- Real-time bidding (RTB): This happens in real time and is considered a cost-effective way to buy ad space if you want to reach a large audience.
- Private marketplace (PMP): Similar to real-time bidding, but with certain rules around who can get involved. Sometimes advertisers can apply to take part and then undergo a selection process, or join on an invite-only basis.
- Programmatic direct: This is when you skip the auction part, and a publisher just sells directly to one or more advertisers at a fixed cost per mille (aka “cost per thousand impressions”, often abbreviated to CPM).
How the death of the cookie will affect programmatic buying
Ad gurus around the world are already coming up with new and inventive ways to bypass cookies.
Roman Vrublivskyi, head of SmartHub white label ad exchange, says, “2023 will be a banner year in the development of programmatic advertising. As the world finally wakes up after the pandemic and technologies evolve, there’ll be exciting discoveries and unexpected conclusions. However, we can already predict many changes, so be prepared for them.”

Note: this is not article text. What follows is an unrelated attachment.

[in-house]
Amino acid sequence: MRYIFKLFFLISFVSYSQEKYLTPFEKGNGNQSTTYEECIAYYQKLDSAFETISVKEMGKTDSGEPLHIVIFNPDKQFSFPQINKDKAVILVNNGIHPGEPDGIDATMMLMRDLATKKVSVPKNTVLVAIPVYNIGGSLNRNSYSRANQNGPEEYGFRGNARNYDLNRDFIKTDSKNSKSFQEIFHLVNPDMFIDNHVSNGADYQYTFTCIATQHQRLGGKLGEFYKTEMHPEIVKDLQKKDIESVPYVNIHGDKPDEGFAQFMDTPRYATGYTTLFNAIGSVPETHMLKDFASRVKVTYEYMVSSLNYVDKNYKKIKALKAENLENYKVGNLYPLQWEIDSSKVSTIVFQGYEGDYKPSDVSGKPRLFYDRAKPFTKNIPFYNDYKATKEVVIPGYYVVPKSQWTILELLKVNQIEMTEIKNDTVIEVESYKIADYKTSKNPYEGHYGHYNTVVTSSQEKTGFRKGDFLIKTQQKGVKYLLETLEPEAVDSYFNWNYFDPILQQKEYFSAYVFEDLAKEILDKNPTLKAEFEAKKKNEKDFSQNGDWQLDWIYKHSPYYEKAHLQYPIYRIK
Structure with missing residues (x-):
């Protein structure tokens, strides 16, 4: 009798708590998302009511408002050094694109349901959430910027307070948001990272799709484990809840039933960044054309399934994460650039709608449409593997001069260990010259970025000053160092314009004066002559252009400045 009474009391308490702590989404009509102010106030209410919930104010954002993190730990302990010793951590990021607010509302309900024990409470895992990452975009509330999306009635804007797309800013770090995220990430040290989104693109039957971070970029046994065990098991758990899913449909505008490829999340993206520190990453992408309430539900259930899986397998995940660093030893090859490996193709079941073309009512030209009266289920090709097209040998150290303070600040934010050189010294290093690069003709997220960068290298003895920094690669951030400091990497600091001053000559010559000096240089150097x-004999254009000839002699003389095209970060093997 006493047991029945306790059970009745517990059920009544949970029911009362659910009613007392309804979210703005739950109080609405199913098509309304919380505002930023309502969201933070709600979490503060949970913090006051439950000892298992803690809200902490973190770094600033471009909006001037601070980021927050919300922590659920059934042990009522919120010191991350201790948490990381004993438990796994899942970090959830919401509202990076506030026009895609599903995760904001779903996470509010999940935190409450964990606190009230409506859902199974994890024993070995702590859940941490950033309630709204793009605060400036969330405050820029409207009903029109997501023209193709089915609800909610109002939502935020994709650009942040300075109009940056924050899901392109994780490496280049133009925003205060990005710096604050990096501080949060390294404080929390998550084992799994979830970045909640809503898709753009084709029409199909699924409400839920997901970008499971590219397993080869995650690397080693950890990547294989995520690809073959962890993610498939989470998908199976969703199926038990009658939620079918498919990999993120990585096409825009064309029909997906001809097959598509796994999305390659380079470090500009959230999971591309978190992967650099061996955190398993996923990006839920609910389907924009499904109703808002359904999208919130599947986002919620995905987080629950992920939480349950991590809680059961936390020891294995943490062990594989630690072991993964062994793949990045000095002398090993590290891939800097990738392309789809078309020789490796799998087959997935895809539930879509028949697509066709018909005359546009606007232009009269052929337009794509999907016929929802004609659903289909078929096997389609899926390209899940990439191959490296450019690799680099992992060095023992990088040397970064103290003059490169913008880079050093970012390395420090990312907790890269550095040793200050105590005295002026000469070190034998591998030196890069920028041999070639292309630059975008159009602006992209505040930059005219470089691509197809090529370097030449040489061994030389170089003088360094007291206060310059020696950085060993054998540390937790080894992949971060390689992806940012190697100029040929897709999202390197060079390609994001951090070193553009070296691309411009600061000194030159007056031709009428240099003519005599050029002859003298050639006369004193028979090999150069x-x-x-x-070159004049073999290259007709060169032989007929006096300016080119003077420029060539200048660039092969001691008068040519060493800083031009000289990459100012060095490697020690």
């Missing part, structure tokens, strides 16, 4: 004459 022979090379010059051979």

According to Vrublivskyi, these include:
- Automation: With machine learning and AI developing at such speed, more brands are using new tech to save time and resources while marketing, and during the bidding process.
- Digital out-of-home advertising: With the ability to tailor ads to the time of day, the weather, and tentpole moments in your industry’s calendar, it’s no surprise that interactive ad media can achieve a 100% better conversion rate compared to static media ads for digital out-of-home advertising.
- Digital audio ads: In the context of an attention recession and screen fatigue, audio of any kind is gaining popularity among advertisers and marketers. Spotify reported a 17% year-over-year growth in ad revenue in Q1 2023.
- Rewarded ads in games: Gaming ads are a great tool for connecting with consumers – especially when they’re targeted and offer an incentive like in-game currency, extra lives, or a power-up.